The command is the atomic transactional write operation of OrigoDB. Commands are executed by the engine which passes a reference of the in-memory model to the
Execute methods. To gaurantee isolation, commands may only modify the in-memory model during
Derive from one of the following abstract generic command classes:
Override the abstract
Execute method and optionally the virtual
Prepare method. Use
Prepare for validation or cpu intensive preparation without blocking readers.
Commands are executed once when first submitted and once again for each time the model is restored from the journal.
The commands must produce the exact same change on each invocation. The safest way to achieve this is to only take input
from the current state of the model and the commands fields and properties. Using external input like
calling date or time functions, reading file system, queues, databases etc are all bad.
For the same reason you should not perform any actions other than writing to the model. Sending messages, writing to queues, database, file or sending confirmation emails are all examples of what not to do. Put this type of behavior in an above layer or as a response to the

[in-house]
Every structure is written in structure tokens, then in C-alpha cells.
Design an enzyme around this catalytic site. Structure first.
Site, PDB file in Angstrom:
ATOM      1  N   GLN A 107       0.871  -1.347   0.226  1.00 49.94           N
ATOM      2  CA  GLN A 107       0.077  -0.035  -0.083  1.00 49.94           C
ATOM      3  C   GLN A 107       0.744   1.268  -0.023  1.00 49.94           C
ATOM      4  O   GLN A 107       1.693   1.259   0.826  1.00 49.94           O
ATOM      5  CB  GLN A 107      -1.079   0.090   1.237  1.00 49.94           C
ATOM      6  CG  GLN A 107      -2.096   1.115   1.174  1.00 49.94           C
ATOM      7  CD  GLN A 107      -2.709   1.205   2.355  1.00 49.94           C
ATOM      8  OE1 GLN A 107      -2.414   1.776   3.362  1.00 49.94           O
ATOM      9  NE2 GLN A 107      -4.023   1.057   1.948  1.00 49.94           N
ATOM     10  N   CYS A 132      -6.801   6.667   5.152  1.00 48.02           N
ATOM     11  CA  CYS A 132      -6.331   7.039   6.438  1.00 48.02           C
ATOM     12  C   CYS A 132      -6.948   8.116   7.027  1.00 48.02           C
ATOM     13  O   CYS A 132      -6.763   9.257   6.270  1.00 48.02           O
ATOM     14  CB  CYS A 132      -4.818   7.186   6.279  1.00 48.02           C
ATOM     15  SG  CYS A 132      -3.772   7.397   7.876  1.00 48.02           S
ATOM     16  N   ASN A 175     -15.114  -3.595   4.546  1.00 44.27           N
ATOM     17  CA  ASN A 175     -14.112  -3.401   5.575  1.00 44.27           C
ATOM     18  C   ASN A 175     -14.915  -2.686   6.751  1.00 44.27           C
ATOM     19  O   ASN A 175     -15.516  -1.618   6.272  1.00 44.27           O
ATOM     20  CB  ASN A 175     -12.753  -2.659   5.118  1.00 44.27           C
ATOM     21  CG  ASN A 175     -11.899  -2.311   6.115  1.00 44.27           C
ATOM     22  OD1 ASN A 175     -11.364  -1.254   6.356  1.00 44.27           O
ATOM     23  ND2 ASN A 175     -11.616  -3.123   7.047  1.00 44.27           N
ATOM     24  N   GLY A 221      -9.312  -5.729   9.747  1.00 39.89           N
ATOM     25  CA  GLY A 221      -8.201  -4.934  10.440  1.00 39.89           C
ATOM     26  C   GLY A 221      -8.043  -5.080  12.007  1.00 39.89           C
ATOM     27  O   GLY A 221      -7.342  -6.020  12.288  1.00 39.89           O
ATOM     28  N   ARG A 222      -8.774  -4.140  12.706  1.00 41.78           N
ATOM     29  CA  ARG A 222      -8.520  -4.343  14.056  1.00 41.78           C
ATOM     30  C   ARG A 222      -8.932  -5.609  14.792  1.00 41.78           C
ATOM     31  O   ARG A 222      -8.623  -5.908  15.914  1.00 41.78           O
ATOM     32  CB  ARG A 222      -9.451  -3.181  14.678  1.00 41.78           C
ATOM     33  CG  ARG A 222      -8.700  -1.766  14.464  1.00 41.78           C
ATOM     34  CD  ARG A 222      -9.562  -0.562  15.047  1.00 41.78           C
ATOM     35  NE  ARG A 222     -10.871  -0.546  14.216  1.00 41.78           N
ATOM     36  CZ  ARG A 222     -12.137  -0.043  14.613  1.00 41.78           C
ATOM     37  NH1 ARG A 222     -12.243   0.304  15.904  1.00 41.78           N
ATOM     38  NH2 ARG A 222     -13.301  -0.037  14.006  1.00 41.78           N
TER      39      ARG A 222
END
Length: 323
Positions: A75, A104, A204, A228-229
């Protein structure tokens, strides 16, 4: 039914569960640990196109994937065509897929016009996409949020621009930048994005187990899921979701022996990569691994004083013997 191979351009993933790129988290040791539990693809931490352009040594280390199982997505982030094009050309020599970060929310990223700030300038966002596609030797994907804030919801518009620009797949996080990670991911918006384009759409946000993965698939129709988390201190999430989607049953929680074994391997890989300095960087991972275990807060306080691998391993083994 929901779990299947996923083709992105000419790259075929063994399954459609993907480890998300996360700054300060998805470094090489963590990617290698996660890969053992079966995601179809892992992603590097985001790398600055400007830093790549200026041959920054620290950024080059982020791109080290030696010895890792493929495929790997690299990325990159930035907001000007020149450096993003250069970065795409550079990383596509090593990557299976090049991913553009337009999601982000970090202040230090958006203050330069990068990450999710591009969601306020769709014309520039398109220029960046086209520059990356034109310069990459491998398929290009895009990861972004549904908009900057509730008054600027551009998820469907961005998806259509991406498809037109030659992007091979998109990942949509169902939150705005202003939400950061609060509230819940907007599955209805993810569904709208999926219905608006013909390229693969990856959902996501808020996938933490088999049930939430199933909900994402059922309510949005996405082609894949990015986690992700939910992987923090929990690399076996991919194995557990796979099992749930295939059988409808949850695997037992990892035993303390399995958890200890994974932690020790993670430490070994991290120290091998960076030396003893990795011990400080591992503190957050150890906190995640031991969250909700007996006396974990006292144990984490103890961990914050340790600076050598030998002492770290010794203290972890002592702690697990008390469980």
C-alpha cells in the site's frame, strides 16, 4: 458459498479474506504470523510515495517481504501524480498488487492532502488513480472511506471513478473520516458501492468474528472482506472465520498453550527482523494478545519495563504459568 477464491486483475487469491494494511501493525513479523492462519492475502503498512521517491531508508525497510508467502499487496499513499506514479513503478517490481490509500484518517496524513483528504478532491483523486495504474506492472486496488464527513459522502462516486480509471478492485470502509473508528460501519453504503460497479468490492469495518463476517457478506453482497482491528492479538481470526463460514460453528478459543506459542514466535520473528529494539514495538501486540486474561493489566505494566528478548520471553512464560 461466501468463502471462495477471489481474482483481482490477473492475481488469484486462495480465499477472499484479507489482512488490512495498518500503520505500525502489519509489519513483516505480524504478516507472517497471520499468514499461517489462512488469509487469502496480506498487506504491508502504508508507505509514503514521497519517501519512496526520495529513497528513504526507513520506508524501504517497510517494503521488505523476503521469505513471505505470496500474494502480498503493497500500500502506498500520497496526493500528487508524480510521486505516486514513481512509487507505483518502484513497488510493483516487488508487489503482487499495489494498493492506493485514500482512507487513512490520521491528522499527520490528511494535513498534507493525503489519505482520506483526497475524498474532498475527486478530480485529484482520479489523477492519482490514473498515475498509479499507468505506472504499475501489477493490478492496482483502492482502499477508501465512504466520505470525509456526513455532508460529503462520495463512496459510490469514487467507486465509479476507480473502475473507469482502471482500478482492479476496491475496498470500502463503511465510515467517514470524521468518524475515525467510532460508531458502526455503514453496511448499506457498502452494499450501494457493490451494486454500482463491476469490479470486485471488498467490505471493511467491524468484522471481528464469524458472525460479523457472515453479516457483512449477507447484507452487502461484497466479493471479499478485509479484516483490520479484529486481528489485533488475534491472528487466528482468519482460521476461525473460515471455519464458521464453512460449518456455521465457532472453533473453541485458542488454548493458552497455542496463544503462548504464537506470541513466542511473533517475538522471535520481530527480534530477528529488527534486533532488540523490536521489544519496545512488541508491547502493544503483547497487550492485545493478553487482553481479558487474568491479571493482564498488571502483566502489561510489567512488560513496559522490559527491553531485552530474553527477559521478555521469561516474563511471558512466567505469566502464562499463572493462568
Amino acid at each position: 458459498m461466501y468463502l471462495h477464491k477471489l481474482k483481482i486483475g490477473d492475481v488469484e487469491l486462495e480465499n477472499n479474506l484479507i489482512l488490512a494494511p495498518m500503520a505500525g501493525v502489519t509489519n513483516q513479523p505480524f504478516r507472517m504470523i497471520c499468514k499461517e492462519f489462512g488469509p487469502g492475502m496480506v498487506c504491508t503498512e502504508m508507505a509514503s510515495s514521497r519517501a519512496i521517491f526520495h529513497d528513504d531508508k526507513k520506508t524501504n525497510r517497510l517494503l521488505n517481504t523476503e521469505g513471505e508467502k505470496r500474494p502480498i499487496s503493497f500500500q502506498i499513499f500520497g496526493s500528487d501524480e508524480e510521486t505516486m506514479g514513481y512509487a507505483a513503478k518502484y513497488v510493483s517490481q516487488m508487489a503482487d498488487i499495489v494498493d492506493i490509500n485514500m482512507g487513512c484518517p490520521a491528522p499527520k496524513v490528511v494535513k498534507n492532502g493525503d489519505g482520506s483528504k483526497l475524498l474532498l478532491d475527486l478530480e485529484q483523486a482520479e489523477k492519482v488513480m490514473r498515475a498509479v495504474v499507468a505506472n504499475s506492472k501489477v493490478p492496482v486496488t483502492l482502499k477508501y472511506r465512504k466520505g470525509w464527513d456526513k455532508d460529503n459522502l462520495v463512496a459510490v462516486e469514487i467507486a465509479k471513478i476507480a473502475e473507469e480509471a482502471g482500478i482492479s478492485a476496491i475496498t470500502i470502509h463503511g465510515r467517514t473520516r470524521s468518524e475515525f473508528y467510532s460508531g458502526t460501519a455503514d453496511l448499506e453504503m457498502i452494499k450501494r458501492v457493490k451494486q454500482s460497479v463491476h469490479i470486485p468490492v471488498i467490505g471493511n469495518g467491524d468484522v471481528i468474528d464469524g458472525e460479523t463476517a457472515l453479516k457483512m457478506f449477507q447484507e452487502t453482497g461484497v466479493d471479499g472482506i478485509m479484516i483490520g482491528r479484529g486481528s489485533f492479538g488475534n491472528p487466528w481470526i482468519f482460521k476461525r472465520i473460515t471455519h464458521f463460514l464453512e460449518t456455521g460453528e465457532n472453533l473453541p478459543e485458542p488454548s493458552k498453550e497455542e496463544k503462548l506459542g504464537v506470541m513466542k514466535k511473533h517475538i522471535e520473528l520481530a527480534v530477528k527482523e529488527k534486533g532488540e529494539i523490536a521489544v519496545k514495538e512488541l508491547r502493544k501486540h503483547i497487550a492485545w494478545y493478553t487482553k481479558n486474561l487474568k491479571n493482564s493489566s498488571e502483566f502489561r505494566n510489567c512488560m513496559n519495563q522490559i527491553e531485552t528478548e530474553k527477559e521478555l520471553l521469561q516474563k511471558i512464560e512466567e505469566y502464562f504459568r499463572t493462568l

Engine.CommandExecuted event, which is never fired during replay.
Commands are written to the journal before execution. So don’t modify the command itself during Prepare/Execute expecting the changes to be persisted, they will be lost.
Often you want to use the current time, for example setting an order date or invoice date. Calling DateTime.Now from the command will fail because it is not repeatable. The normal procedure is to set a field/property on the command during creation. The field will be recorded in the journal and reused during restore.
For convenience, commands have a Timestamp property. The timestamp is set by the engine just before execution and the exact same value is used during replay. Read the timestamp during Prepare or Execute instead of DateTime.Now. This saves a bit of coding and a few bytes in the journal. Calling Timestamp multiple times during execution will yield the exact same value.
If you need to execute several commands as a single transaction, define a new command class, perhaps using the composite pattern, and add the multiple commands as children. Execute the child commands from the parent.
Keep execution time as short as possible. Do as much processing as possible before passing the command. Consider performing any lengthy setup that depends on data from the model in the
The engine will consider the model corrupt for any exception thrown during
and rollback by performing a full restore. If an unhandled exception occurs, the engine will wrap it in a
CommandFailedException and throw it back to the client. Any exception during
Prepare will cause an abort.
Command.Abort() to abandon a command. The engine will assume the model unaltered, throw the
CommandAbortedException to the client and proceed with the next transaction.